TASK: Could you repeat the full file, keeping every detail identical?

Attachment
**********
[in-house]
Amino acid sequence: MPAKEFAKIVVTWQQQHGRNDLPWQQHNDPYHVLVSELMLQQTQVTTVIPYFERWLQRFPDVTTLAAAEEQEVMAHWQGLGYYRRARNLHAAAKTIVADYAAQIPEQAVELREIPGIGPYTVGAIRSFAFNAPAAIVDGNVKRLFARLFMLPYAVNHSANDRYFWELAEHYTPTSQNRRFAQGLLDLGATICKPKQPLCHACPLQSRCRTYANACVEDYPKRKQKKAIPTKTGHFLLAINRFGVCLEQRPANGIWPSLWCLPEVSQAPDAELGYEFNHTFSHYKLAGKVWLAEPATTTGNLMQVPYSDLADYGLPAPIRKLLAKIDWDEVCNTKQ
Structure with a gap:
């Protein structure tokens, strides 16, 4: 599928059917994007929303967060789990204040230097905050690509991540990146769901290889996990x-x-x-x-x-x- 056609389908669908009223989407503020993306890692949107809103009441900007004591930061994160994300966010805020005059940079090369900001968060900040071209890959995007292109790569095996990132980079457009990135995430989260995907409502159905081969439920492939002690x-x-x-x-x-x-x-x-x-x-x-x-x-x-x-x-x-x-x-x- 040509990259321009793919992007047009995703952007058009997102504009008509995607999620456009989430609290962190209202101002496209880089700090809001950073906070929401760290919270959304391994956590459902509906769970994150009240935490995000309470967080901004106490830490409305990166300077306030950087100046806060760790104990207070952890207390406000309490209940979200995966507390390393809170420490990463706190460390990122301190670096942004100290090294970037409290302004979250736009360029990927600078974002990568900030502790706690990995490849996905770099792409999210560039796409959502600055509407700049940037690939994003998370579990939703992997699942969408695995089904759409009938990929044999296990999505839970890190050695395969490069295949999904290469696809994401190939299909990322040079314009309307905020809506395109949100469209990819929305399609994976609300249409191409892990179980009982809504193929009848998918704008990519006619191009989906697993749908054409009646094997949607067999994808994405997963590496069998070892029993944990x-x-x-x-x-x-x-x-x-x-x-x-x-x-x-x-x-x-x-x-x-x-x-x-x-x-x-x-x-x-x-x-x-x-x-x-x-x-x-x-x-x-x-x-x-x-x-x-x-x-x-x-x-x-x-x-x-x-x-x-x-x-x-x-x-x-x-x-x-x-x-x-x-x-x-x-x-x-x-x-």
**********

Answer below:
[in-house]
Amino acid sequence: MPAKEFAKIVVTWQQQHGRNDLPWQQHNDPYHVLVSELMLQQTQVTTVIPYFERWLQRFPDVTTLAAAEEQEVMAHWQGLGYYRRARNLHAAAKTIVADYAAQIPEQAVELREIPGIGPYTVGAIRSFAFNAPAAIVDGNVKRLFARLFMLPYAVNHSANDRYFWELAEHYTPTSQNRRFAQGLLDLGATICKPKQPLCHACPLQSRCRTYANACVEDYPKRKQKKAIPTKTGHFLLAINRFGVCLEQRPANGIWPSLWCLPEVSQAPDAELGYEFNHTFSHYKLAGKVWLAEPATTTGNLMQVPYSDLADYGLPAPIRKLLAKIDWDEVCNTKQ
Structure with a gap:
């Protein structure tokens, strides 16, 4: 599928059917994007929303967060789990204040230097905050690509991540990146769901290889996990x-x-x-x-x-x- 056609389908669908009223989407503020993306890692949107809103009441900007004591930061994160994300966010805020005059940079090369900001968060900040071209890959995007292109790569095996990132980079457009990135995430989260995907409502159905081969439920492939002690x-x-x-x-x-x-x-x-x-x-x-x-x-x-x-x-x-x-x-x- 040509990259321009793919992007047009995703952007058009997102504009008509995607999620456009989430609290962190209202101002496209880089700090809001950073906070929401760290919270959304391994956590459902509906769970994150009240935490995000309470967080901004106490830490409305990166300077306030950087100046806060760790104990207070952890207390406000309490209940979200995966507390390393809170420490990463706190460390990122301190670096942004100290090294970037409290302004979250736009360029990927600078974002990568900030502790706690990995490849996905770099792409999210560039796409959502600055509407700049940037690939994003998370579990939703992997699942969408695995089904759409009938990929044999296990999505839970890190050695395969490069295949999904290469696809994401190939299909990322040079314009309307905020809506395109949100469209990819929305399609994976609300249409191409892990179980009982809504193929009848998918704008990519006619191009989906697993749908054409009646094997949607067999994808994405997963590496069998070892029993944990x-x-x-x-x-x-x-x-x-x-x-x-x-x-x-x-x-x-x-x-x-x-x-x-x-x-x-x-x-x-x-x-x-x-x-x-x-x-x-x-x-x-x-x-x-x-x-x-x-x-x-x-x-x-x-x-x-x-x-x-x-x-x-x-x-x-x-x-x-x-x-x-x-x-x-x-x-x-x-x-």